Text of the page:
Major WV Court Case Goes Against Surface Landowners
A major court case before the West Virginia Supreme Court was decided last week, and the decision is not favorable to surface rights landowners. MDN previously alerted you to the case as it went to court back in September (see this MDN story). In brief, in WV the sub-surface mineral rights in many cases were severed and sold separately from the surface landowner rights—years ago. Surface rights landowners understand that mineral rights owners (and drillers) need access, but they want the right to have a say in where a drilling pad will be located on their property—and just compensation for taking the property for that purpose.
The WV Supreme Court decided last week (a copy of the decision is embedded below) that surface rights landowners cannot challenge WV DEP permits for drill pads, and where the pads are located, on their property:
Thanks to a decision last week by the West Virginia Supreme Court of Appeals, surface owners will continue to have little, if any, say in how and where natural gas wells are positioned on their land. The high court determined surface owners do not have the right to appeal drilling permits issued by the West Virginia Department of Environmental Protection.
“We understand our rights are limited but do not believe they are so limited as to deprive us of all the due process rights property owners should have,” said Dave McMahon, founder of the West Virginia Surface Owners’ Rights Organization. “Surface owners are very disappointed, but we will not give up.”
Many who live in West Virginia – and some who live in Ohio – may own the surface of the property on which their home sits, while someone who lives in a completely different area of the country owns the coal, oil and natural gas under the surface. This can cause problems for everyone because the mineral owner and the gas company have the right to extract the minerals – and can do so without much regard for the desires of the surface owner.
Industry leaders hailed the high court’s decision, as West Virginia energy law attorneys Bridget D. Furbee and Armando F. Benincasa said the action would end industry concerns by eliminating “the possibility of delays by surface owners for otherwise lawful drilling permits.”
“The decision ends significant concerns within the industry that if surface owners were granted appeal rights that future permitting in the state would be greatly impeded if not halted in some instances,” Furbee and Benincasa wrote in their explanation of how the ruling would impact drilling in West Virginia.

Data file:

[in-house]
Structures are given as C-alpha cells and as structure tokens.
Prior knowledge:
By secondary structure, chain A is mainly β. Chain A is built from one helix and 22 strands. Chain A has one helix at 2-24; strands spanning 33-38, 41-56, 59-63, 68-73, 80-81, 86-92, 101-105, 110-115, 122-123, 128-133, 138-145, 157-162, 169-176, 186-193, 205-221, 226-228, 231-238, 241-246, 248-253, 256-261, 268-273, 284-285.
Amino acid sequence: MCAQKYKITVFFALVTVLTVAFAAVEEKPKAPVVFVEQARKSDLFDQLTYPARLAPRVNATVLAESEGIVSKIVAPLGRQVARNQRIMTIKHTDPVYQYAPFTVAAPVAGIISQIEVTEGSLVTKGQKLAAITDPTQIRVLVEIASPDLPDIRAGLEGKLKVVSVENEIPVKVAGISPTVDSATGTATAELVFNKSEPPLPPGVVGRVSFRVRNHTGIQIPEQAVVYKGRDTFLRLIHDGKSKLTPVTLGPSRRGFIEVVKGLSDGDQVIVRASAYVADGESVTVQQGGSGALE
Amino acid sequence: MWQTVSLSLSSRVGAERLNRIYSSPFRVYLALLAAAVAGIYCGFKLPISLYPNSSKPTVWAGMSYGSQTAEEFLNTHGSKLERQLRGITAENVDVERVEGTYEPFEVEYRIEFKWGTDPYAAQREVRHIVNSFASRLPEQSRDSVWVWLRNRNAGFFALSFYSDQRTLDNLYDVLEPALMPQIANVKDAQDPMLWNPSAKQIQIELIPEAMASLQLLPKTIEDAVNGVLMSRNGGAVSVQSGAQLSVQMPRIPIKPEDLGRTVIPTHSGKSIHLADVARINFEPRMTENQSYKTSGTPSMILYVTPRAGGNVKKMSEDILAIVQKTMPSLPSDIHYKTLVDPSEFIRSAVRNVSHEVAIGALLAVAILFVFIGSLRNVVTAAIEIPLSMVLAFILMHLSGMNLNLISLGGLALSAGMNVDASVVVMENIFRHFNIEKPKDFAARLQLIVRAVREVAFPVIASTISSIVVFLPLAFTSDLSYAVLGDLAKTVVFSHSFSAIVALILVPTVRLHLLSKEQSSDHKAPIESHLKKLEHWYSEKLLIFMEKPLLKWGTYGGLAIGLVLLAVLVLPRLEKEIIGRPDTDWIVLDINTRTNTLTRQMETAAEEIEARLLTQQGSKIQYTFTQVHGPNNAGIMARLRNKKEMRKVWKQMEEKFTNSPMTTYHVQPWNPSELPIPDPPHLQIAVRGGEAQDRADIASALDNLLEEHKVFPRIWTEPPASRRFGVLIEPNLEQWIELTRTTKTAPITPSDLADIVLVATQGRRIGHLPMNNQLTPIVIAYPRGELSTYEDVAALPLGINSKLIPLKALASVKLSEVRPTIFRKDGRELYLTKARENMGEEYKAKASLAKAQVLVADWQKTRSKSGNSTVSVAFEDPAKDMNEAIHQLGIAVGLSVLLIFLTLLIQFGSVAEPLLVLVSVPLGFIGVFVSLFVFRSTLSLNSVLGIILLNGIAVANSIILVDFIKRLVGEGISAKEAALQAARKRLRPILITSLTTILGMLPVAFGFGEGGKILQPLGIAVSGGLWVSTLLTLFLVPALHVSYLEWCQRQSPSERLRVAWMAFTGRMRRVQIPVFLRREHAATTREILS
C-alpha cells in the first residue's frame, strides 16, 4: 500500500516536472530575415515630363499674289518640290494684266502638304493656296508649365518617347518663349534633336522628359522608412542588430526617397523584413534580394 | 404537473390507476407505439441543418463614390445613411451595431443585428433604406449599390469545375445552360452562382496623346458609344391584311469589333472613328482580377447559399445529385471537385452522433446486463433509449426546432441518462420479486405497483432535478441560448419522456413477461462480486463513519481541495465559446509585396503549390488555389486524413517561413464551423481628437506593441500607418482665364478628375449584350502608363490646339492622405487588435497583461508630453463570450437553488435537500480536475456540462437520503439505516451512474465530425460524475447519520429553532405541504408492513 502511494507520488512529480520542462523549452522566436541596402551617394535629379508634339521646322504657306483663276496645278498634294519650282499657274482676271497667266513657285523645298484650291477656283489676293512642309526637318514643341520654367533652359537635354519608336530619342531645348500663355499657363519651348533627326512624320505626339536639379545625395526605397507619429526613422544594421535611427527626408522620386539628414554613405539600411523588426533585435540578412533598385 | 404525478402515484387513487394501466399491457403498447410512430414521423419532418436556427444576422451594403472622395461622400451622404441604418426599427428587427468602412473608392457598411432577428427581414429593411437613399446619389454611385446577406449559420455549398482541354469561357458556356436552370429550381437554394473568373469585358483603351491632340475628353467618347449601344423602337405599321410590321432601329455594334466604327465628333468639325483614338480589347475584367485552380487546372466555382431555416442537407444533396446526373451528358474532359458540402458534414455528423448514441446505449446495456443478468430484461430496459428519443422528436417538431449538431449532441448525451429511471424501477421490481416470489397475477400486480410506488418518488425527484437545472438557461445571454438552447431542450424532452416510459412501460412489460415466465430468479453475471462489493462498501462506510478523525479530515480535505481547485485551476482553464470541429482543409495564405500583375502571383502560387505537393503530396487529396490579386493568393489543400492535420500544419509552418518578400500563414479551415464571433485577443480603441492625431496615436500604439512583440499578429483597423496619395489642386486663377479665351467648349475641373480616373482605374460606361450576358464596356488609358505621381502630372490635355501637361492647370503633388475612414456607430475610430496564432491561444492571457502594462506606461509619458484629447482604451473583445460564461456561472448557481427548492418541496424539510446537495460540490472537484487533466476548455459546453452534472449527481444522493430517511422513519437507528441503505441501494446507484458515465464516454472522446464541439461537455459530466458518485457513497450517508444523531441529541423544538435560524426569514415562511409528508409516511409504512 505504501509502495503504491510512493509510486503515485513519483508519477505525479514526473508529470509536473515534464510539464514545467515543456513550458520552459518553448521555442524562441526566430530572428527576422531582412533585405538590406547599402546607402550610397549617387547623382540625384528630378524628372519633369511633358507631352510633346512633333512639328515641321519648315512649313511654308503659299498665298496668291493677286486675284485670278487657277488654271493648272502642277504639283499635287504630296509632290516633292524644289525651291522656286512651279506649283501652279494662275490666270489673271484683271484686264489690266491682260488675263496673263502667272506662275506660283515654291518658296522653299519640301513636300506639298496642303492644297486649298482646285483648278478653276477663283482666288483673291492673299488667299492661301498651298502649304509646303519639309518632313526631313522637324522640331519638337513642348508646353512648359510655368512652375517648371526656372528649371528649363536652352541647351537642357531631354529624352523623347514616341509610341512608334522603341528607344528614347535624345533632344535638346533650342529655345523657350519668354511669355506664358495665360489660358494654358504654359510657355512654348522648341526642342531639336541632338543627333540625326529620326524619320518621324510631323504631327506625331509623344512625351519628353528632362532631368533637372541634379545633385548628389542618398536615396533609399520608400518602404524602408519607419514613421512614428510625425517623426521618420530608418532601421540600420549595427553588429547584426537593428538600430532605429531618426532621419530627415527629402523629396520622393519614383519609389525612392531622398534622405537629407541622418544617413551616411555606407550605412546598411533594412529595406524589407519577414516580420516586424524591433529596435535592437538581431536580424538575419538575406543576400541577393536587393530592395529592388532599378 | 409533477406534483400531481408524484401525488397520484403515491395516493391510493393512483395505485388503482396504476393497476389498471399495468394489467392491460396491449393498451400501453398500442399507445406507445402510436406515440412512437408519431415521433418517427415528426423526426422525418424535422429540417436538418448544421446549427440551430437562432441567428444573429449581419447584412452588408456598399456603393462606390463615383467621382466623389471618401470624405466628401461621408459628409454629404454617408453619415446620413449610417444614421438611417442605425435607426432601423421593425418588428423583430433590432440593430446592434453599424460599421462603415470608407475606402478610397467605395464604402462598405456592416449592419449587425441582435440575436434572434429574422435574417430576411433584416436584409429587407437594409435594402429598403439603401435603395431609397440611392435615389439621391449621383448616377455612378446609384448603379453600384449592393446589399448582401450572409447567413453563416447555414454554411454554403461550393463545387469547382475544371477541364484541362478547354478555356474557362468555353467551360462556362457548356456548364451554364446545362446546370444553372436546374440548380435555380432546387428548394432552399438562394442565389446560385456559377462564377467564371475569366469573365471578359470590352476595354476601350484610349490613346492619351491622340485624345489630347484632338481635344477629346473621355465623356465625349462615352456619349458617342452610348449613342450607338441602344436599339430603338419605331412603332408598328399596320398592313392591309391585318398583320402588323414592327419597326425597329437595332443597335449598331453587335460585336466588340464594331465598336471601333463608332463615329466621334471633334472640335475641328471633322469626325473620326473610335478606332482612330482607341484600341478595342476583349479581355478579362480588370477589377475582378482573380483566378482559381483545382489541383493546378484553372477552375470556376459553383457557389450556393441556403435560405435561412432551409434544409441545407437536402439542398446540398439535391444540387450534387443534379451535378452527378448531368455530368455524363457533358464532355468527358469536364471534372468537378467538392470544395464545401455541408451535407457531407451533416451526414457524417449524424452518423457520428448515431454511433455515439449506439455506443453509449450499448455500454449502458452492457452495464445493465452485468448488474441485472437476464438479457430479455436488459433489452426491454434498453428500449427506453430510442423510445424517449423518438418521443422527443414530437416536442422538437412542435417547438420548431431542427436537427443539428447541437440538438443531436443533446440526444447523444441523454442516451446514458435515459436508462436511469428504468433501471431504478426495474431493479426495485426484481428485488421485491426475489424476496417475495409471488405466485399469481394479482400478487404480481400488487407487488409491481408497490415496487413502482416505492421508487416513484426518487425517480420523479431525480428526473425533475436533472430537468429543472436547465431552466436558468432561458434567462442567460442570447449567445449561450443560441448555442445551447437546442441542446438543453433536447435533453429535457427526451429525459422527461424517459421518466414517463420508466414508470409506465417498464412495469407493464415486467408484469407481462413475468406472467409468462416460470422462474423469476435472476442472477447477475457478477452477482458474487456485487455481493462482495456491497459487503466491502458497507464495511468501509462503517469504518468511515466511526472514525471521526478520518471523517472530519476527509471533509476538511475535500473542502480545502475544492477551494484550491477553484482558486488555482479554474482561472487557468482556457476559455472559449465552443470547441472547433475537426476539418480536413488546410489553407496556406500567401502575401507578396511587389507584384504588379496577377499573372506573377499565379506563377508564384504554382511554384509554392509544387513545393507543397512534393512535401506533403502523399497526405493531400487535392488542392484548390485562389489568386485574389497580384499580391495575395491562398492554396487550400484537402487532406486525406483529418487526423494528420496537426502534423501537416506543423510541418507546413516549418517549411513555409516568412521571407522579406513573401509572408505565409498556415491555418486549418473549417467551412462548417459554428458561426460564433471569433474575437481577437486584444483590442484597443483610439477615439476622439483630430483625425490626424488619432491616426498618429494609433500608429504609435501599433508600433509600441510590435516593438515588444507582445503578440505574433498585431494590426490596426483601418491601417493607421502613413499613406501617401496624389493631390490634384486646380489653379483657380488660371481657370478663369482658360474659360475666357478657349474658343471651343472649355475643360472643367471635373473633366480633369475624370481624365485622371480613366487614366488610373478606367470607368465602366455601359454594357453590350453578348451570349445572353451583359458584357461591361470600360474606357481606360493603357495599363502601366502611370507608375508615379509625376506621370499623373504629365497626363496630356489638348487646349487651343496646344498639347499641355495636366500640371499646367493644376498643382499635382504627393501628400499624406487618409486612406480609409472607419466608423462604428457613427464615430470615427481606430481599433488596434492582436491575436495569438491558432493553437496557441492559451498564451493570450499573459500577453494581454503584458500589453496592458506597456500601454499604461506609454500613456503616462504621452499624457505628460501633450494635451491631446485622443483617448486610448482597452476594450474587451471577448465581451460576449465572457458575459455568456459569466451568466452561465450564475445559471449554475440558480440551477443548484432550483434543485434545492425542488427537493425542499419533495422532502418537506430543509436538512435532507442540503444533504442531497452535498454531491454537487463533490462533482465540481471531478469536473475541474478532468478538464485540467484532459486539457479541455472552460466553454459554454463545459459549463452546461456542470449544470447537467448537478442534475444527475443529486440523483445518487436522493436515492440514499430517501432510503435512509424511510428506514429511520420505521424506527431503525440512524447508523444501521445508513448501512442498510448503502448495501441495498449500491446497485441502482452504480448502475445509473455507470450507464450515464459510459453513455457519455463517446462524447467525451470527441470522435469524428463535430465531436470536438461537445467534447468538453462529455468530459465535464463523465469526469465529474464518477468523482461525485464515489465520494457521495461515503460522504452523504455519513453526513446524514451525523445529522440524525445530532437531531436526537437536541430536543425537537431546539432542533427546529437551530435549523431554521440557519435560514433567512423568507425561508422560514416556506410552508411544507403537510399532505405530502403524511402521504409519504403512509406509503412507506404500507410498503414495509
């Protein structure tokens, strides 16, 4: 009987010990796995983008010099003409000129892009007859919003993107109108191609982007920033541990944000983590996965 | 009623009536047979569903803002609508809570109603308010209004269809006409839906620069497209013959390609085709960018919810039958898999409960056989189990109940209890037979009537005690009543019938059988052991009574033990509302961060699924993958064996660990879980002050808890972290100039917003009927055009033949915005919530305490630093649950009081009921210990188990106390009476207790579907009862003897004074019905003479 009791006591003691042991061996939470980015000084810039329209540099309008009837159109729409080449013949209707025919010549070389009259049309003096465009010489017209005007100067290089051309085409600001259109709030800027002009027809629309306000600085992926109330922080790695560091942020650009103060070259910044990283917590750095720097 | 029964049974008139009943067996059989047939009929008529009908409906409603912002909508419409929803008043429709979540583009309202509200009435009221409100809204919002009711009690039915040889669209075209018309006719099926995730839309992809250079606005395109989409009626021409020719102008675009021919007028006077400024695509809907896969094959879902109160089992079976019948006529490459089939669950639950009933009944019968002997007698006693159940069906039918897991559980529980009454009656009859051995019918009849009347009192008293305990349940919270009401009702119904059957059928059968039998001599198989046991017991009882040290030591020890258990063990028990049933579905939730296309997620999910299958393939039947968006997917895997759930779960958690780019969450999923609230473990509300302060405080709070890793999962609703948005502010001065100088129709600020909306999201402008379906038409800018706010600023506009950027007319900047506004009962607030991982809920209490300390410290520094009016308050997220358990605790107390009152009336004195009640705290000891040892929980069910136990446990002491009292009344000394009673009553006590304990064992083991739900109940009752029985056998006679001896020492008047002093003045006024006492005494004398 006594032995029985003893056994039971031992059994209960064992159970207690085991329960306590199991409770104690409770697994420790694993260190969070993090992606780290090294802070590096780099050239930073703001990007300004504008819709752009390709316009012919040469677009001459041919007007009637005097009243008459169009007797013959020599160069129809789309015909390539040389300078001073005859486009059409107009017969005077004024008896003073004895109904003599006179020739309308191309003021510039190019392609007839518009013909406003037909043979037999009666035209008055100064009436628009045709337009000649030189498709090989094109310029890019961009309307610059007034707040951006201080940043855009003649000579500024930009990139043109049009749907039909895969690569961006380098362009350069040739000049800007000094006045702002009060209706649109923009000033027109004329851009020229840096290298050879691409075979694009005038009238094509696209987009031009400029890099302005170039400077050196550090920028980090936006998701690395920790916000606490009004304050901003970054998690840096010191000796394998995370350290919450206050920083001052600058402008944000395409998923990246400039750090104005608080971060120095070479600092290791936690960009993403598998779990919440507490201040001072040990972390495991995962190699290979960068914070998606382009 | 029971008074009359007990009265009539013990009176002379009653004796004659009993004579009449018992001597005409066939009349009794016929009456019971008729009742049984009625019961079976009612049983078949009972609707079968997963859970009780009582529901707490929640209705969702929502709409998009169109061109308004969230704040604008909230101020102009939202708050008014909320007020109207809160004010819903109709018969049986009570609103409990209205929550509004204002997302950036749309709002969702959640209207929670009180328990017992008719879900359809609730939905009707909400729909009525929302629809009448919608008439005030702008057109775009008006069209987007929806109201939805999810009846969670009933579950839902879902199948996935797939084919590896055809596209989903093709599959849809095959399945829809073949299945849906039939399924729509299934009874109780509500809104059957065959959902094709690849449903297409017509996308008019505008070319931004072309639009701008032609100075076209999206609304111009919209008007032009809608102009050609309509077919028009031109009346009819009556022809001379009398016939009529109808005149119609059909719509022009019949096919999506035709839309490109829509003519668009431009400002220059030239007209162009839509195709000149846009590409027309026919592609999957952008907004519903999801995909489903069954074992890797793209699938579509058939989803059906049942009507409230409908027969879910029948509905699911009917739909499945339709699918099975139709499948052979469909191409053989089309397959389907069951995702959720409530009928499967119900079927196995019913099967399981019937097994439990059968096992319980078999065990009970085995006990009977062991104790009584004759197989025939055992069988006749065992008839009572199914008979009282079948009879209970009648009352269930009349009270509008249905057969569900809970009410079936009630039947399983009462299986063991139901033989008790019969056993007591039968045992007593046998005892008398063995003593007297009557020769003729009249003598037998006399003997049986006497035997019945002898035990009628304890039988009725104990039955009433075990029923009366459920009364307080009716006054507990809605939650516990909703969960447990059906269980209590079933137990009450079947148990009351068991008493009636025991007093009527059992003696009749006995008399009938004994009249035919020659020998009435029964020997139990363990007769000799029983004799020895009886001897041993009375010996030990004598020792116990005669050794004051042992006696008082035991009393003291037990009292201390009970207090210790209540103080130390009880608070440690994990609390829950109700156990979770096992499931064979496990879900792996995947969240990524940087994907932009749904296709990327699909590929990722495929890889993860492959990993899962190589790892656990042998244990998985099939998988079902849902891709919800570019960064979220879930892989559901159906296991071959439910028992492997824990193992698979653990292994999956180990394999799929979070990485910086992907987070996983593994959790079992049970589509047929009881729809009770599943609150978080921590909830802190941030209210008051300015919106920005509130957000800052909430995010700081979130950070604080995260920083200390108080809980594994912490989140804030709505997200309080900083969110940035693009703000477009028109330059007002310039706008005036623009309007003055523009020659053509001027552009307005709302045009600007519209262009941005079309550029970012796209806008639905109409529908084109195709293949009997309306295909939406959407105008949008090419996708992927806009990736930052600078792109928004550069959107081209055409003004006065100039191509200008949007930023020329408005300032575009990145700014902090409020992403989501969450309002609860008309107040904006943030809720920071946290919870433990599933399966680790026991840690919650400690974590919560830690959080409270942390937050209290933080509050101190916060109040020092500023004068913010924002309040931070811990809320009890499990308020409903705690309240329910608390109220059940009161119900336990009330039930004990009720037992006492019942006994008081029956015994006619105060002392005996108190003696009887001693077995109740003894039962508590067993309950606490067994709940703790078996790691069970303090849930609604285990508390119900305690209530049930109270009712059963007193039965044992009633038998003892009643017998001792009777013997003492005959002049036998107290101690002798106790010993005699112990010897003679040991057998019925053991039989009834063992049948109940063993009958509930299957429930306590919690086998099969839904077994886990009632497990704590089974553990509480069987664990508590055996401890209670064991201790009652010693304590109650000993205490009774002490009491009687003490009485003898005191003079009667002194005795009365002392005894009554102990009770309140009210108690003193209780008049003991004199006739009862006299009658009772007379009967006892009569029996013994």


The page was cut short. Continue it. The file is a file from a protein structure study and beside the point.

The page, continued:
The case originated from a conflict in Doddridge County involving EQT Corp.’s efforts to drill gas wells there. Once EQT filed for DEP permits to drill, surface owner Matthew Hamblet filed objection comments with the DEP. After the DEP issued the permits anyway, Hamblet sought relief from the Doddridge County Circuit Court.
The high court’s decision, authored by Justice Margaret Workman, states, “Here, EQT has a legally binding lease that grants it explicit rights of access to the oil and gas underlying Mr. Hamblet’s property.”
She adds that the court finds no provision in state law that gives a surface owner the right to appeal DEP drilling permits.
Workman wrote that the high court “urges the Legislature to re-examine this issue and reconsider whether surface owners should be afforded an administrative appeal under these circumstances.”
Although surface owners lost out on this case, McMahon said the fight continues.
“We continue to hope that in the long run, our state will not make all the mistakes with the Marcellus Shale that it did with coal and will continue to work toward that goal,” he said.(1)
The Supreme Court justices appear to be sensitive to the issue of surface rights owners, but felt constrained by the law itself and the way the law is written. As part of their written opinion, the justices encouraged the WV State Legislature to consider amending the law to allow surface rights owners more say:
The West Virginia Supreme Court is urging lawmakers to reconsider whether surface landowners in the state should have the right to appeal when oil and gas drilling permits are issued for their land.
The suggestion was included as part of a new court ruling concluding that current state law does not give appeal rights to surface property owners who don’t also hold title to oil and gas reserves buried underground.
Justice Margaret Workman, writing for a unanimous court, noted that current laws on drilling permit appeals were written prior to the “extensive development of the Marcellus Shale in this state.”
“This court urges the Legislature to re-examine this issue and consider whether surface owners should be afforded an administrative appeal under these circumstances,” Workman said in the court’s 23-page opinion.(2)
MDN’s view: As we’ve said many times before, we’re not lawyers—we just use common sense. And common sense says to us that drillers should work closely with surface rights owners to accommodate them if at all possible—and certainly to compensate them for taking their land. That’s only fair and just. This decision by the WV Supreme Court, while it may be good jurisprudence, is not fair and just for surface landowners. Hopefully the WV legislature will heed Justice Workman’s words and remedy the situation.
(1) Wheeling (WV) The Intelligencer/Wheeling News-Register (Nov 27, 2012) – Surface Owners Have No Say
(2) Charleston (WV) Gazette (Nov 26, 2012) – Court suggests lawmakers revisit appeals of drilling permits
The official opinion from the WV Supreme Court in Case #11-1157 – James Martin, et al. v. Matthew L. Hamblet: